More than 20 states across the United States have already reported cases of a brain-wasting animal disease that currently has no vaccine or treatment.
As the chronic wasting disease spreads among deer, elk, and moose in 24 states and two Canadian province, health officials are worried that humans may also be at risk of the infection.
CWD Found In Monkeys That Ate Infected Deer Meat
The disease spreads through contact with contaminated body fluids and tissues. Animals may also get infected through indirect exposure to CWD in the environment such as in food and drinking water.
No case of CWD has yet been reported in humans, but research suggests there is potential risk. The U.S. Centers for Disease Control and Prevention cited a 2017 study that found evidence that monkeys that ate infected deer meat contracted the disease.
"Animal studies suggest CWD poses a risk to some types of non-human primates, like monkeys, that eat meat from CWD-infected animals or come in contact with brain or body fluids from infected deer or elk," the CDC said. "These studies raise concerns that there may also be a risk to people."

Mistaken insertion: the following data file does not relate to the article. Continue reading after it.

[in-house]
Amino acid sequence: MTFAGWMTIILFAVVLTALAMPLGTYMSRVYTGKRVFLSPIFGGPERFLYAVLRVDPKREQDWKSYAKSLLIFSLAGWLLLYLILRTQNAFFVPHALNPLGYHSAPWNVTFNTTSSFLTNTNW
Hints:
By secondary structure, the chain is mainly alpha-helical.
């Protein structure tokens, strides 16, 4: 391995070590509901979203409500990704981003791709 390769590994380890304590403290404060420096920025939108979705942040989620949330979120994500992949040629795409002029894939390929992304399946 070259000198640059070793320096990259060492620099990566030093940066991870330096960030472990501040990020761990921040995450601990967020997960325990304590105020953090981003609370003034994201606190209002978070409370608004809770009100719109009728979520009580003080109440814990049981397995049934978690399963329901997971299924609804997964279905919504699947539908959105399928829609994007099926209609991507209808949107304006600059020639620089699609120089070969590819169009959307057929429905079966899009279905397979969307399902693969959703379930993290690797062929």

Disease May Transfer To Humans Soon
Michael Osterholm, the director of Center of Infectious Disease Research and Policy at the University of Minnesota, said that the animal disease transferring to humans may happen soon.
"It is probable that human cases of chronic wasting disease associated with consumption with contaminated meat will be documented in the years ahead," Osterholm said. "It's possible the number of human cases will be substantial and will not be isolated events."
Osterholm compared the situation to the mad cow disease that killed cattle in the United Kingdom in the 1980s and 1990s. There were initial doubts that the disease could spread to humans, but 156 people in the UK eventually died because of the infection.
How CWD Will Likely Infect Humans
The CDC said the most likely way CWD will spread to humans is through consumption of infected deer meat.
According to the Alliance for Public Wildlife, between 7,000 to 15,000 animals infected with CWD are eaten annually, and it is possible this number could increase by 20 percent per year. As more infected meat is consumed, Osterholm said the risk of the disease crossing over and infecting humans could also increase.